Now I know US special operations forces are risking their lives in other parts of the Middle East, going after the real Al Qaeda.  We don’t hear about that, and we shouldn’t.  Covert ops don’t work if they aren’t covert.  And I wish them all success and hope some day soon to see Osama bin Laden’s head on a pike, but I worry that Bush and Cheney’s sideshow in Iraq is using up the resources and support we need for the real battle against terrorism, the real battle against Al Qaeda.

Yeah, I guess I am a little fired up, even though it’s a hot day.  Question authority, people, and think critically.  Don’t believe everything you hear, and whatever you do . . . get outdoors and smoke some ribs!

© 2007, Paul Woodford. All rights reserved.


2 comments to Hotter Saturday Blogging

  • DickHerman

    Paul, as usual I found your take on your Air Force buddy and retired pilot thought-provoking. Like many Americans, he makes the mistake of mirror imaging and assuming the Middle East is organized, and functions like the modern world. Nothing could be further from reality. It is organized around the family, clan, and tribe and functions through that matrix. There is not a shred of evidence that supports Saddam being an active co-conspirator in 9-11. However, there were many links with Al Qaeda that went through Iraq because of family, tribe, and clan connections. Saddam and the Baath Party appears to have tolerated, maybe encouraged, those links. That’s just the way the Middle East works and the same pattern can be found, to some degree, in other Middle Eastern countries.

    Americans, being Americans, see that pattern and immediately interpret it through our prism. And voila! Co-conspirators.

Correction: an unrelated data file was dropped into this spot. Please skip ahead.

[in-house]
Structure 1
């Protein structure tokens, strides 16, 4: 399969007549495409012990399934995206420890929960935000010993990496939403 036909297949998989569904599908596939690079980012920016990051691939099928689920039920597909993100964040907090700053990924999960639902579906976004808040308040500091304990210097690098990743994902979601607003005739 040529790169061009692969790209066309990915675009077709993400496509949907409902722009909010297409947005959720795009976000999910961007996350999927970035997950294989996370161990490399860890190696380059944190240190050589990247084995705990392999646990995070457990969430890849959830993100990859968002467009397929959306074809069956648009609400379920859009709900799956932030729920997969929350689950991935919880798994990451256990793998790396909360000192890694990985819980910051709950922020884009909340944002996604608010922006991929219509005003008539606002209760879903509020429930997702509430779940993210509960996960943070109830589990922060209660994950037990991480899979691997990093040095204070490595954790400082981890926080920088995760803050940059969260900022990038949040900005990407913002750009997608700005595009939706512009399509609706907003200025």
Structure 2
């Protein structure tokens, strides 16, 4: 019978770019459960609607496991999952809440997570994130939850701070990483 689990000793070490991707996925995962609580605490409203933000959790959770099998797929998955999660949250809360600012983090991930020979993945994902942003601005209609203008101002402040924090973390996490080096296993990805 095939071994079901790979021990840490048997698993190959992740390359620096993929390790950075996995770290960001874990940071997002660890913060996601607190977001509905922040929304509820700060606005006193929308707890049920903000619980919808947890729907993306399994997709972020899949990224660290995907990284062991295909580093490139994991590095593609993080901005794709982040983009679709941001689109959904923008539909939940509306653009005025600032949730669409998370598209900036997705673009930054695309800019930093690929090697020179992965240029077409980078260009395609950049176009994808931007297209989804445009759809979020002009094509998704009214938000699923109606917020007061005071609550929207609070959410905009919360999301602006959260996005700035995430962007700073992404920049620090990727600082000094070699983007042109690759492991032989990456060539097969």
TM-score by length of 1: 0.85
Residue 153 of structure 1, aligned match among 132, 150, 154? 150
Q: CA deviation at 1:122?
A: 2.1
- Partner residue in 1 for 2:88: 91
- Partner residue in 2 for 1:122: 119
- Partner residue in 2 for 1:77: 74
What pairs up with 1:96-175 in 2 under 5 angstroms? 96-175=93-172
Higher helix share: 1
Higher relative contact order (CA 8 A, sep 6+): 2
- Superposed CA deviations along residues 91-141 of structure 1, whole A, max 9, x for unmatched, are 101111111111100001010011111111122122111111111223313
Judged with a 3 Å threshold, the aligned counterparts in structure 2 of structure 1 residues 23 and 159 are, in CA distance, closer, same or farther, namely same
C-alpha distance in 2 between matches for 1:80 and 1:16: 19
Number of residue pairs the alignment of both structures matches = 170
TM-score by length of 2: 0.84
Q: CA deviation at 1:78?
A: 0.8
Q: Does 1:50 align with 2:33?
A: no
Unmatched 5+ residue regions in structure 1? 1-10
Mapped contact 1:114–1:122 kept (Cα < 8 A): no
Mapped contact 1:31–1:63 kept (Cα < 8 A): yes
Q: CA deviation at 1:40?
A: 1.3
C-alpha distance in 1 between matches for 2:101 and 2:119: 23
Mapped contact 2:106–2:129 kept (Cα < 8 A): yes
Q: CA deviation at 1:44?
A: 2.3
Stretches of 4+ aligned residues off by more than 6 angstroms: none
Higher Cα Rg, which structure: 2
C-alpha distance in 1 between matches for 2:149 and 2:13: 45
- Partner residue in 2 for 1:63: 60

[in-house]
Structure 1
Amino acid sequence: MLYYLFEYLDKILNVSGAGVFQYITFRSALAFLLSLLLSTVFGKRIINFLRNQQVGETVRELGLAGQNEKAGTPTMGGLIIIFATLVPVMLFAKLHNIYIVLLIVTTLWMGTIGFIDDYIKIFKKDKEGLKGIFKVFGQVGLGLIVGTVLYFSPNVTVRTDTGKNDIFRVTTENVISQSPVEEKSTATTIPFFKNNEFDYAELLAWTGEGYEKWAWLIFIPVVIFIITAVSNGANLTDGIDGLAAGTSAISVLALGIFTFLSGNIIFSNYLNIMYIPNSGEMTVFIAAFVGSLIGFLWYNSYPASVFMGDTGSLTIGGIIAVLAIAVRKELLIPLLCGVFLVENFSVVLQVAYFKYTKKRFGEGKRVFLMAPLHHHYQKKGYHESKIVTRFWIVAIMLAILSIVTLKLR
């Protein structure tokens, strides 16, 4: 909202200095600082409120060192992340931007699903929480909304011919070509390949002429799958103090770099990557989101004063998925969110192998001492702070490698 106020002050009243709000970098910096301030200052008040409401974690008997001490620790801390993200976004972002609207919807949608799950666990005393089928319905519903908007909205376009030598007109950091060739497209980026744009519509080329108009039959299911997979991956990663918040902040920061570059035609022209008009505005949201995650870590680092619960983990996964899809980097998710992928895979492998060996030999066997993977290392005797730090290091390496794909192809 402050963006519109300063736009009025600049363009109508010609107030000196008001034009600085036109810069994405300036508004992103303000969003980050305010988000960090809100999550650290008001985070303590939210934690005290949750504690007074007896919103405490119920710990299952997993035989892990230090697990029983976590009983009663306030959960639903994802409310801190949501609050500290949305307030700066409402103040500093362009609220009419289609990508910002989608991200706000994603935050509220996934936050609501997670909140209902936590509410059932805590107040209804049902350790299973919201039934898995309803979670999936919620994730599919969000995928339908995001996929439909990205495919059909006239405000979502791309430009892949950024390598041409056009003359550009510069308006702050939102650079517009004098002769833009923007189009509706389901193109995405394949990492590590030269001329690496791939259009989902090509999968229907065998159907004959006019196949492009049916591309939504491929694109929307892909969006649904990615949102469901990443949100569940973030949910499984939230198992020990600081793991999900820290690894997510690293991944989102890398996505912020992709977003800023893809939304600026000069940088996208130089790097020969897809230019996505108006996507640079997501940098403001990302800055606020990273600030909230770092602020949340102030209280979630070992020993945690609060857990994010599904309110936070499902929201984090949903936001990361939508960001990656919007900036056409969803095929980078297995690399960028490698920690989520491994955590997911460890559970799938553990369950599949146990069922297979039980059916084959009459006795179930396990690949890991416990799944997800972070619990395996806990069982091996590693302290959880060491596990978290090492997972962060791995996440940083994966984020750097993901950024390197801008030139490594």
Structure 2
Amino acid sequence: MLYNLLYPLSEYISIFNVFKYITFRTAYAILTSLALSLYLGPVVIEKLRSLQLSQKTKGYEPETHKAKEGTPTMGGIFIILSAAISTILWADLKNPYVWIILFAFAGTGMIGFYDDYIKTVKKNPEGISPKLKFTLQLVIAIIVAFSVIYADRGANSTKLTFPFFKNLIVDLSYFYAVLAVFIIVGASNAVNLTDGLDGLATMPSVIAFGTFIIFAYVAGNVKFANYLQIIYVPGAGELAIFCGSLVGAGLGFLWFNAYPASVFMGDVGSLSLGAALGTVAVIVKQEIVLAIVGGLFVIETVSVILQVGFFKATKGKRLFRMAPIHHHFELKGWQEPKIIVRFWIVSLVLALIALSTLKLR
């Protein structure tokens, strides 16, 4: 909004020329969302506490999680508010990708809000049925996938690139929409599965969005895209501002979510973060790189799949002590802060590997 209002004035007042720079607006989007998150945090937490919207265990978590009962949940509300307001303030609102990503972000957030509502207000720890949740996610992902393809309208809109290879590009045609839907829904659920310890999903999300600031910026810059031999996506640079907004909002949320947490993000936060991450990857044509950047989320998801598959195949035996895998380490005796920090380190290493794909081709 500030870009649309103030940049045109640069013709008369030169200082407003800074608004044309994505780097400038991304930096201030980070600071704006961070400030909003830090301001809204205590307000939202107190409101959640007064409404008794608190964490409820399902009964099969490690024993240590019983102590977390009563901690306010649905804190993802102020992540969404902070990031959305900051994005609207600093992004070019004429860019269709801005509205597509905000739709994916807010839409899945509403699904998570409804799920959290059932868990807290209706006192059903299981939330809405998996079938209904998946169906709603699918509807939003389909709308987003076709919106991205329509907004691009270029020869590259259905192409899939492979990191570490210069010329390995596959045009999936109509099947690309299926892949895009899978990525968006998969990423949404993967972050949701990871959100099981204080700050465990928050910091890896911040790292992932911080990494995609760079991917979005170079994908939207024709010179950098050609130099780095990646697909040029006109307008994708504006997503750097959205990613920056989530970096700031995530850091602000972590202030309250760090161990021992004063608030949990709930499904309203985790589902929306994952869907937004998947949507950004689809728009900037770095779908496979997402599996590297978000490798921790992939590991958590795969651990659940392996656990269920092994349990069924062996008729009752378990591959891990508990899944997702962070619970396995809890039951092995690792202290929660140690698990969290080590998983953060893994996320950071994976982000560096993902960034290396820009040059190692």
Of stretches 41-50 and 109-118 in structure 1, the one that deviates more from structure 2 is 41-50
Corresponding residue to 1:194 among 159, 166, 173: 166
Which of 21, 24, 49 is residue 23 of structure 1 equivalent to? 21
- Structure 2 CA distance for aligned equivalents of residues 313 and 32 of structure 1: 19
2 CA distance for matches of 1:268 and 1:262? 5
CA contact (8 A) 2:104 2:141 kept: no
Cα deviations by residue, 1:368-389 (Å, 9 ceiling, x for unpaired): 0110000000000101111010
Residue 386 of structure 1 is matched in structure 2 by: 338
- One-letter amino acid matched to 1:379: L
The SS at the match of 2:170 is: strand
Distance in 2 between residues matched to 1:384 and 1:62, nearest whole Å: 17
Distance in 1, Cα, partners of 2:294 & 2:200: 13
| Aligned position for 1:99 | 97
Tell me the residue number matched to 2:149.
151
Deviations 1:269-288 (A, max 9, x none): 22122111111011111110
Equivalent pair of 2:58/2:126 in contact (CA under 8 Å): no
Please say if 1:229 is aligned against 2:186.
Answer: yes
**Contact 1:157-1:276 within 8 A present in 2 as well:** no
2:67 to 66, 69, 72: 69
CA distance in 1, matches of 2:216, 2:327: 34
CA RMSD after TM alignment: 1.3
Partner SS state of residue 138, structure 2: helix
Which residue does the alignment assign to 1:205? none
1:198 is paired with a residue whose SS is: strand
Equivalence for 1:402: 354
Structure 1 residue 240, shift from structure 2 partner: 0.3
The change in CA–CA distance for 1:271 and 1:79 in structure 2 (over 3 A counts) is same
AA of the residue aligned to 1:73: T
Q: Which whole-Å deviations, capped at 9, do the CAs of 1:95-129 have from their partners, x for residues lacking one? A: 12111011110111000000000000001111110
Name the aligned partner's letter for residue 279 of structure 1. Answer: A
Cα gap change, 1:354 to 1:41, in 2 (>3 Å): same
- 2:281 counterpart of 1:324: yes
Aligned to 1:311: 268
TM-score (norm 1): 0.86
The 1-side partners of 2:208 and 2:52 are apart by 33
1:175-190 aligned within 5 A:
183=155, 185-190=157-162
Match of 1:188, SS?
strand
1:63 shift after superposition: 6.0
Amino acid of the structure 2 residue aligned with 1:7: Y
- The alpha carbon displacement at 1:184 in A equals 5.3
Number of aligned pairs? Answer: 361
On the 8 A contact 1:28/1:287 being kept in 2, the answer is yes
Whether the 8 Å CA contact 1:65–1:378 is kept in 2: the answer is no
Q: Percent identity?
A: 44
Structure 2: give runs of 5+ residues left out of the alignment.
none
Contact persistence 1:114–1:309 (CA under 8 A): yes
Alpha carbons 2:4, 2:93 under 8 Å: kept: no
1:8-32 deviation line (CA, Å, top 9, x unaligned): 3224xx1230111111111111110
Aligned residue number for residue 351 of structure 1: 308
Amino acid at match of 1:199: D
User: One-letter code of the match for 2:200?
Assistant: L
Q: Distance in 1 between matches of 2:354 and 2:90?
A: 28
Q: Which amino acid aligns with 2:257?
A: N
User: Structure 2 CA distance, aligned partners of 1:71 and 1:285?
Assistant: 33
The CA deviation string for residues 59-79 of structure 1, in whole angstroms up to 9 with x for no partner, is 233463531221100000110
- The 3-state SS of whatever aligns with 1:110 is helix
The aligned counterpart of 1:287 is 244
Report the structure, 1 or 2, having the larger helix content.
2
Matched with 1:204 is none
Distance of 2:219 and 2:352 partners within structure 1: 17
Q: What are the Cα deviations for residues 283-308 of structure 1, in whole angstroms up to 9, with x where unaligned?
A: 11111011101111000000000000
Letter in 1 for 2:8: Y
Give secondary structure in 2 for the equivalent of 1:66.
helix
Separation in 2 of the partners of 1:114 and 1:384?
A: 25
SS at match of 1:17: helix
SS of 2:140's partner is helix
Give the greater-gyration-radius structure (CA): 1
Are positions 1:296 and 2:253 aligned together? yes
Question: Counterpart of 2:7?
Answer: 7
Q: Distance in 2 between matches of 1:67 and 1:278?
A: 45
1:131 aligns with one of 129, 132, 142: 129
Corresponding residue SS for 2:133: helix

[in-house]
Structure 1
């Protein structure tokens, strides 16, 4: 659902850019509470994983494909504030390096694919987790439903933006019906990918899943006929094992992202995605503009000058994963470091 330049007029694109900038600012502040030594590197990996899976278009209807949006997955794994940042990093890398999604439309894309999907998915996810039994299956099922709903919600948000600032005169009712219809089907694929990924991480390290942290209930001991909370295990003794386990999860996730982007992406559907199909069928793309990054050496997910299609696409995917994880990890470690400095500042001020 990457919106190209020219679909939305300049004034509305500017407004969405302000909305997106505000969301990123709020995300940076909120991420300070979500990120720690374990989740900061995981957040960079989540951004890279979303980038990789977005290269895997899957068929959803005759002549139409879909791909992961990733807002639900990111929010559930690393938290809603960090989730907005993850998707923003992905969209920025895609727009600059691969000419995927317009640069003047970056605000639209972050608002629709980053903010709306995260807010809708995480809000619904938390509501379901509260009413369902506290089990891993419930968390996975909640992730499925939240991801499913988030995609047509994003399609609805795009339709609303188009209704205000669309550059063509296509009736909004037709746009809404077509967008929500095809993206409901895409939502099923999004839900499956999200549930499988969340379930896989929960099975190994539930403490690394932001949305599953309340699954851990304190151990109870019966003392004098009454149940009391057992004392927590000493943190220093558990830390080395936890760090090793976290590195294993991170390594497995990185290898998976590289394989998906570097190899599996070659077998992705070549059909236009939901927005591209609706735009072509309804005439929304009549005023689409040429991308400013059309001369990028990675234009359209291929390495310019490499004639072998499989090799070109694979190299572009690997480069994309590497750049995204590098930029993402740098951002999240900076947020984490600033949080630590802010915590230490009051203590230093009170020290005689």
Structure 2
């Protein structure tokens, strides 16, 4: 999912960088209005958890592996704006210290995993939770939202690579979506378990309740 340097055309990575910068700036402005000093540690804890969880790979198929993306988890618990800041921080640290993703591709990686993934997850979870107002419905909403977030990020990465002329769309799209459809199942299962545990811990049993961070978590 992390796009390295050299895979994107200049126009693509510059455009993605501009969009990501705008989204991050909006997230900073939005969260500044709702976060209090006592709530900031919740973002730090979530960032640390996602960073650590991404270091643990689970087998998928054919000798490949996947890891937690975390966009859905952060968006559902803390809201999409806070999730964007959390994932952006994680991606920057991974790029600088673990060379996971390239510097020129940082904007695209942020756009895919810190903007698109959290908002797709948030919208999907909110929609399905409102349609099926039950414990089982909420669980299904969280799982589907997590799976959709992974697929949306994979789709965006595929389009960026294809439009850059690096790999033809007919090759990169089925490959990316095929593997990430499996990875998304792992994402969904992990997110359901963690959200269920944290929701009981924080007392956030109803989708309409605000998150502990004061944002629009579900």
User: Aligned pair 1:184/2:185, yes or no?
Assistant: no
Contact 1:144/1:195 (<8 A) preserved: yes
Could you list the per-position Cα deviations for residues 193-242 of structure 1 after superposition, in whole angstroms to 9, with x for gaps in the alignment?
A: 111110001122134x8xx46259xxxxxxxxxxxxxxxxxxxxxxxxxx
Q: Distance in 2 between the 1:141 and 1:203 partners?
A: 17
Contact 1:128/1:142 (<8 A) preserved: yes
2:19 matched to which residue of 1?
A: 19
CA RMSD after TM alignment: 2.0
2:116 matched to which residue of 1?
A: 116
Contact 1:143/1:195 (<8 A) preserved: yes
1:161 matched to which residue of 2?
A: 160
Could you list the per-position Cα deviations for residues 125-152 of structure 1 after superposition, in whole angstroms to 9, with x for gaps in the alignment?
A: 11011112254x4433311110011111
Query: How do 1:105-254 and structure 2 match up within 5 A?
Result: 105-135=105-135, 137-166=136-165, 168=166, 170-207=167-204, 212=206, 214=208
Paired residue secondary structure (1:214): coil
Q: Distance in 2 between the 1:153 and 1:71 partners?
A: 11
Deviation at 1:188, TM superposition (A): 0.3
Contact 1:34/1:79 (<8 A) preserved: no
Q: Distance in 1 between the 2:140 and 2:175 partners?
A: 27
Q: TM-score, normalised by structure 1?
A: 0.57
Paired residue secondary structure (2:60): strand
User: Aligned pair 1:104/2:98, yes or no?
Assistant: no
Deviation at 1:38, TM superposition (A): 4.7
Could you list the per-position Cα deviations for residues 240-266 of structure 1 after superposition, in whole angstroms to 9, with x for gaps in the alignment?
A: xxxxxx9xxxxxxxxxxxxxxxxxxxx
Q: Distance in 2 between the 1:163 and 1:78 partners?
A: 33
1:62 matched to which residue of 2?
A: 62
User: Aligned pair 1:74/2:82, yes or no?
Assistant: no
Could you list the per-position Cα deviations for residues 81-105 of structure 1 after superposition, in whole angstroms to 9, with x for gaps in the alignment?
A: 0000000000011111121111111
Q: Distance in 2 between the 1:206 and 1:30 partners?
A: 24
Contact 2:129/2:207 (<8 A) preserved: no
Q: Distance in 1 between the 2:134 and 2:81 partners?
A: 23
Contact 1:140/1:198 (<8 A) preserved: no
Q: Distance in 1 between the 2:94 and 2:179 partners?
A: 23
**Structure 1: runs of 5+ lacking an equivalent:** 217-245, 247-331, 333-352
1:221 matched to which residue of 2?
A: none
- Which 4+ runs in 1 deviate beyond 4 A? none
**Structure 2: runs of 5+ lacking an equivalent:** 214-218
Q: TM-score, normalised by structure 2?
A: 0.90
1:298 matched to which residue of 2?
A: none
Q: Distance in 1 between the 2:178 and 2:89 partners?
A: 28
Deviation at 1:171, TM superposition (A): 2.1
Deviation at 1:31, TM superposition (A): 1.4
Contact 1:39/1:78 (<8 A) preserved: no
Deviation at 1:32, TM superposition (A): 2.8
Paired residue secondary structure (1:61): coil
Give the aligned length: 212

I’m glad to see things are returning to normal. By the way, I have started a new story and am returning to basics, a la “The Warbirds.” I’d like to say a few words about the warrior ethic and would appreciate your thoughts. Hell, I might even quote you — again!

  • Dick, I remember watching the news on TV with my father a few years ago. The lead story was the release of a death row inmate whose case was reinvestigated and overturned on DNA evidence. My dad’s reaction? “The guy’s obviously a shitbird, and if he isn’t guilty of the one thing, he’s guilty of something else.”

    I don’t see much difference here.

    I’m as sick of Muslims as most Americans, and I admit to a deep vein of prejudice – when I see a woman with a head scarf these days, I’m afraid my first thought is “get out of my country.” When NPR interviews any kind of Arab, and I hear that accent – or, especially, when they actually speak Arabic – I change the station. I’m trying hard to control these feelings.

    Goddamnit, with all the resources at our disposal, we haven’t rounded up Osama bin Laden. We haven’t captured the antrhax terrorist. Given all the displays of governmental incompetence we’ve seen since 9/11, how can anyone believe we’ve developed the capability to prevent another major terrorist attack on the USA?

    But we haven’t been sitting still, oh no! We’ve been busy pissing away our reputation, influence, and treasury, breaking our military, wasting thousands of American lives (and countless, or more accurately uncounted, Iraqi lives), and exhausting the world’s reservoir of good will toward America.

    I’m more convinced than ever that our invasion of Iraq has been nothing more than an exercise to use up and replenish our WRM, enrich contractors, build permanent bases, and . . . from the get-go . . . take over the oilfields.

    I hope this craven display of prejudice and cynicism doesn’t preemptively invalidate, to your mind, my thoughts on military service and the warrior ethic, which I promise to organize and send you soon. And may I say I’m really looking forward to your new novel, Dick!